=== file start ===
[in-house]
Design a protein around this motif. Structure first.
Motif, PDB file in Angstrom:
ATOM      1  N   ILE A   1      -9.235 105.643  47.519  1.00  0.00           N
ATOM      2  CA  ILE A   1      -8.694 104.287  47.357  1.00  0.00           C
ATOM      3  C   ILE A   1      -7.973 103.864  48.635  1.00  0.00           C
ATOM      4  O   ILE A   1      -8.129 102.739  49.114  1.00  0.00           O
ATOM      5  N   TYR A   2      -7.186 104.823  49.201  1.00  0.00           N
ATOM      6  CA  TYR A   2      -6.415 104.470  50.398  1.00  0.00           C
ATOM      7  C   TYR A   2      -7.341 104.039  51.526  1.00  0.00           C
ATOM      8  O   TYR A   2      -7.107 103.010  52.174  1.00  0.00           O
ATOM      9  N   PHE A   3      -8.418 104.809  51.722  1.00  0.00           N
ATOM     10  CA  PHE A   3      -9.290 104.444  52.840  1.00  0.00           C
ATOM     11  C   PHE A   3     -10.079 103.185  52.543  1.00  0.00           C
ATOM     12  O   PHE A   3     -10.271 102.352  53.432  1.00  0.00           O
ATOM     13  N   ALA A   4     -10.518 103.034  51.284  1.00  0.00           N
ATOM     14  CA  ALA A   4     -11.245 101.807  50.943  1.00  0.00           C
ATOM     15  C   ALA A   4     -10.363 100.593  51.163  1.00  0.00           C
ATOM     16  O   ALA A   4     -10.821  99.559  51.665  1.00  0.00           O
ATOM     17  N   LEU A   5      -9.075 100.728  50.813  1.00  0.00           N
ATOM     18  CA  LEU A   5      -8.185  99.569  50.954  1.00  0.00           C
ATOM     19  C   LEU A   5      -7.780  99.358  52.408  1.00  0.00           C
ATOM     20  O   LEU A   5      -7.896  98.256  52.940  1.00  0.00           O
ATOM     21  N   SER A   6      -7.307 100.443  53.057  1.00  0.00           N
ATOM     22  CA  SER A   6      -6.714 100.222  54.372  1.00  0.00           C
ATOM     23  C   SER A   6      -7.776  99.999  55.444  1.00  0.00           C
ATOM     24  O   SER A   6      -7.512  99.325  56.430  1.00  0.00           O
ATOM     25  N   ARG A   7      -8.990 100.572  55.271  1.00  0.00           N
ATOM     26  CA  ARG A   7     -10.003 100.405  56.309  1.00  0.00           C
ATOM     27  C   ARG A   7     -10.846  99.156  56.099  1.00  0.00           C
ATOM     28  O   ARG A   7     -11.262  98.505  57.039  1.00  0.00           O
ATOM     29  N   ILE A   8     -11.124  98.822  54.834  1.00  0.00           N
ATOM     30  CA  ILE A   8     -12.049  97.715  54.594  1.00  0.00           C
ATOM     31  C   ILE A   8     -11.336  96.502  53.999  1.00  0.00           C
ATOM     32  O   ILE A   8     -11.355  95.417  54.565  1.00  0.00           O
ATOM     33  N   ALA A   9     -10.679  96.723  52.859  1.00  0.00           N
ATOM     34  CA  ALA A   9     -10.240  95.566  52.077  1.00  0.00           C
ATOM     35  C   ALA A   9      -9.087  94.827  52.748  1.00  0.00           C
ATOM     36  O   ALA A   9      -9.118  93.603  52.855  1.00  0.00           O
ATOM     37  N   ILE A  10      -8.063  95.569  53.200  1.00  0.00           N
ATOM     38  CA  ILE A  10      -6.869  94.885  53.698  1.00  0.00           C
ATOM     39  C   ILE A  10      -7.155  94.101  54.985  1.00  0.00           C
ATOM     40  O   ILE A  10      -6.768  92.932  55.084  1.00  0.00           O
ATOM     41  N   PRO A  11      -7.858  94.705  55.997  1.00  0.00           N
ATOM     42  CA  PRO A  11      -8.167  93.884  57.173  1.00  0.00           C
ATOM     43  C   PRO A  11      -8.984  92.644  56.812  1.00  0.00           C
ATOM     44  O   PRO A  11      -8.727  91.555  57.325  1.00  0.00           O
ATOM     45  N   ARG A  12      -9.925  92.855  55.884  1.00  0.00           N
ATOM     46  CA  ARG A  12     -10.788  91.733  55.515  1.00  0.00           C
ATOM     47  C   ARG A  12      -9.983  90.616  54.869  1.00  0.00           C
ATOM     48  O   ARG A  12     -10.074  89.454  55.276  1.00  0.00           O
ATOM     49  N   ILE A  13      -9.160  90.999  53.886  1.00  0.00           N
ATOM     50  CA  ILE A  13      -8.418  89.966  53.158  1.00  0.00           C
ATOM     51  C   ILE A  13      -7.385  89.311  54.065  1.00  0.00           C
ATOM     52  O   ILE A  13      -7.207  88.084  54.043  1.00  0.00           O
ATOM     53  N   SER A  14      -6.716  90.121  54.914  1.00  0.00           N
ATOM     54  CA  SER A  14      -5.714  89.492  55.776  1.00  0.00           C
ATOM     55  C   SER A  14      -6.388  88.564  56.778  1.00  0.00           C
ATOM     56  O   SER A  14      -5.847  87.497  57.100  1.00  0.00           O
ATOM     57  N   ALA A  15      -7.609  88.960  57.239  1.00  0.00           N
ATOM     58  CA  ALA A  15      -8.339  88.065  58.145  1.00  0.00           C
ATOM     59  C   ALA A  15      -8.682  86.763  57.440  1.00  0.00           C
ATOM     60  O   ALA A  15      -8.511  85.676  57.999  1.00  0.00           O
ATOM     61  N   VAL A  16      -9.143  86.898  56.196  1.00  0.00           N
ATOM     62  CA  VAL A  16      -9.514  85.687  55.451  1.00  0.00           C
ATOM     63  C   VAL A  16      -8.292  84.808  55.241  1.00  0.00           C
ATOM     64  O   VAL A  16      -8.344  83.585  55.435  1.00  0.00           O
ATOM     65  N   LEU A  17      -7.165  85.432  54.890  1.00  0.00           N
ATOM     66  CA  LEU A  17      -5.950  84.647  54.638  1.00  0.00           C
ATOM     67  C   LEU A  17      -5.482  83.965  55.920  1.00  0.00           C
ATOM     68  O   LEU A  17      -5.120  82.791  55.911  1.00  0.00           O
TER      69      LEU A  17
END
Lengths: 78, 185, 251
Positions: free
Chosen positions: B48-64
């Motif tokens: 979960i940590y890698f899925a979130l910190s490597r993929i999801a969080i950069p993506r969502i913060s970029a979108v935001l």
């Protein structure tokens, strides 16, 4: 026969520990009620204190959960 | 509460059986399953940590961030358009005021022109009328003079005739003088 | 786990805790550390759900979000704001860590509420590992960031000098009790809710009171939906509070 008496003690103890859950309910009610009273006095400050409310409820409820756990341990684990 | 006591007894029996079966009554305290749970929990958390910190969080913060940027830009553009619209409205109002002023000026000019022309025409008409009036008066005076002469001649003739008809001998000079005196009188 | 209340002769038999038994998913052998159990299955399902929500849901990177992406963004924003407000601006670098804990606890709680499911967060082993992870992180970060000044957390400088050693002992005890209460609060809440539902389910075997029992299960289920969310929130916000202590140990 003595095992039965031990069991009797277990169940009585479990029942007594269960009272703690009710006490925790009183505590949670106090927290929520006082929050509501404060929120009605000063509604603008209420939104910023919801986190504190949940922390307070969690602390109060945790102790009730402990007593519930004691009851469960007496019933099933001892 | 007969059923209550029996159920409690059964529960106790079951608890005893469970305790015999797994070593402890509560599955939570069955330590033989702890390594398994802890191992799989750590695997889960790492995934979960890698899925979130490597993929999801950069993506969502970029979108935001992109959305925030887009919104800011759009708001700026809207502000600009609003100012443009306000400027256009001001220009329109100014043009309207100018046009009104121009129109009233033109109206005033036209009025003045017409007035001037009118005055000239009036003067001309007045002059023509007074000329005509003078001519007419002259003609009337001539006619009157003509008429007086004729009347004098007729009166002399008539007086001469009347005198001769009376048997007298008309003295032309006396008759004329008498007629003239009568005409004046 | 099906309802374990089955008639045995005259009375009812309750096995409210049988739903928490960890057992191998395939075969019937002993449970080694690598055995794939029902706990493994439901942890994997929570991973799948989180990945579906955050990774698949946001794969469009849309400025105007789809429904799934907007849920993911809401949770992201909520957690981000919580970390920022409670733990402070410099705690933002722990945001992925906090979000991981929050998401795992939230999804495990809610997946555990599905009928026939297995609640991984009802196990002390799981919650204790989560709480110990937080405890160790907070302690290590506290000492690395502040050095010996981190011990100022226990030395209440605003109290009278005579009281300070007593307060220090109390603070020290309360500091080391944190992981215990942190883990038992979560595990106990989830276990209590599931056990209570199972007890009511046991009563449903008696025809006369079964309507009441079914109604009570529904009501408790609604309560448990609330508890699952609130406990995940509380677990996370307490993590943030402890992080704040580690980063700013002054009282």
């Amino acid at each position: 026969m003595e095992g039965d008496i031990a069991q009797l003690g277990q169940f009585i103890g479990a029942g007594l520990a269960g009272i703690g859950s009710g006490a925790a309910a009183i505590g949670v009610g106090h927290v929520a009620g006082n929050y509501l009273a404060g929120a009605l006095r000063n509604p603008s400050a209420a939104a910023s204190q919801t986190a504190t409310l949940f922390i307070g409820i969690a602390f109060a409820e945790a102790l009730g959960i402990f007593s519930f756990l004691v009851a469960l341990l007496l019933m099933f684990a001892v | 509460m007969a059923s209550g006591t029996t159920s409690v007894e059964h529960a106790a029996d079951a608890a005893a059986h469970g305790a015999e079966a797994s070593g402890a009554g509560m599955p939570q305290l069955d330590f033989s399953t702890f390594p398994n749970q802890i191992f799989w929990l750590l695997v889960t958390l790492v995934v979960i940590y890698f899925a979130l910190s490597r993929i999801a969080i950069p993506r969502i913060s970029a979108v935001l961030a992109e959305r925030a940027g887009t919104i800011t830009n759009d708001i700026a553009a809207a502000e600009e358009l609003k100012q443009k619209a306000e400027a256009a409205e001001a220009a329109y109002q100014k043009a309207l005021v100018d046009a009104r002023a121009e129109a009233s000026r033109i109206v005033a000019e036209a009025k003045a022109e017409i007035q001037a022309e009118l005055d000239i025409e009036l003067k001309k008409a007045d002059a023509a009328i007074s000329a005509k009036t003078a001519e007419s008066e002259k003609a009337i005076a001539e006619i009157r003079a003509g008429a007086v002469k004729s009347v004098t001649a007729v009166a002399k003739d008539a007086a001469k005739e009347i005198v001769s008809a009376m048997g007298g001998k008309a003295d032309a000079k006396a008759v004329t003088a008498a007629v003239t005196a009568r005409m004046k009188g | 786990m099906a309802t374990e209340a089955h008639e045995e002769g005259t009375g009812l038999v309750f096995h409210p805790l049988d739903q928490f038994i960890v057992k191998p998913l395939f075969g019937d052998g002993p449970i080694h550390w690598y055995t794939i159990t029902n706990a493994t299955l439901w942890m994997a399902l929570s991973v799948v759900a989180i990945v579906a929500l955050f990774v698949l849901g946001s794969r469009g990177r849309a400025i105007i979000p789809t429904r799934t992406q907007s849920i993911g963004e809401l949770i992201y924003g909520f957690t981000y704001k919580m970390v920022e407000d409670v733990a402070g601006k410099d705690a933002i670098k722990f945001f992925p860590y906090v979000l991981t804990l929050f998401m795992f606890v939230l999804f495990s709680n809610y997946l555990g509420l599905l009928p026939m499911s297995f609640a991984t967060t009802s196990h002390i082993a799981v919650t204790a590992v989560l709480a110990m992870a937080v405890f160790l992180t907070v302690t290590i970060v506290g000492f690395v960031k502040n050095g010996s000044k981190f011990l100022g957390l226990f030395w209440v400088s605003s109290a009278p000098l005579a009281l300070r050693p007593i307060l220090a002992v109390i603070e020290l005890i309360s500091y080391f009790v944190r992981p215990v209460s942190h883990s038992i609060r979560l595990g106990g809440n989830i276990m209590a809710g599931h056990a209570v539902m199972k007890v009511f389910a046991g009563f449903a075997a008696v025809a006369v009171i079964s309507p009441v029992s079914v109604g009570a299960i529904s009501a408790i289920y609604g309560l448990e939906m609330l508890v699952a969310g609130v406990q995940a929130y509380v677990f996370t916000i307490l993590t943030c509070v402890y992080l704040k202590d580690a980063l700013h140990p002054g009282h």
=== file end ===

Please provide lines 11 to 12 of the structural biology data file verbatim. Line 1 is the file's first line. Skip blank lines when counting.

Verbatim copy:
ATOM      8  O   TYR A   2      -7.107 103.010  52.174  1.00  0.00           O
ATOM      9  N   PHE A   3      -8.418 104.809  51.722  1.00  0.00           N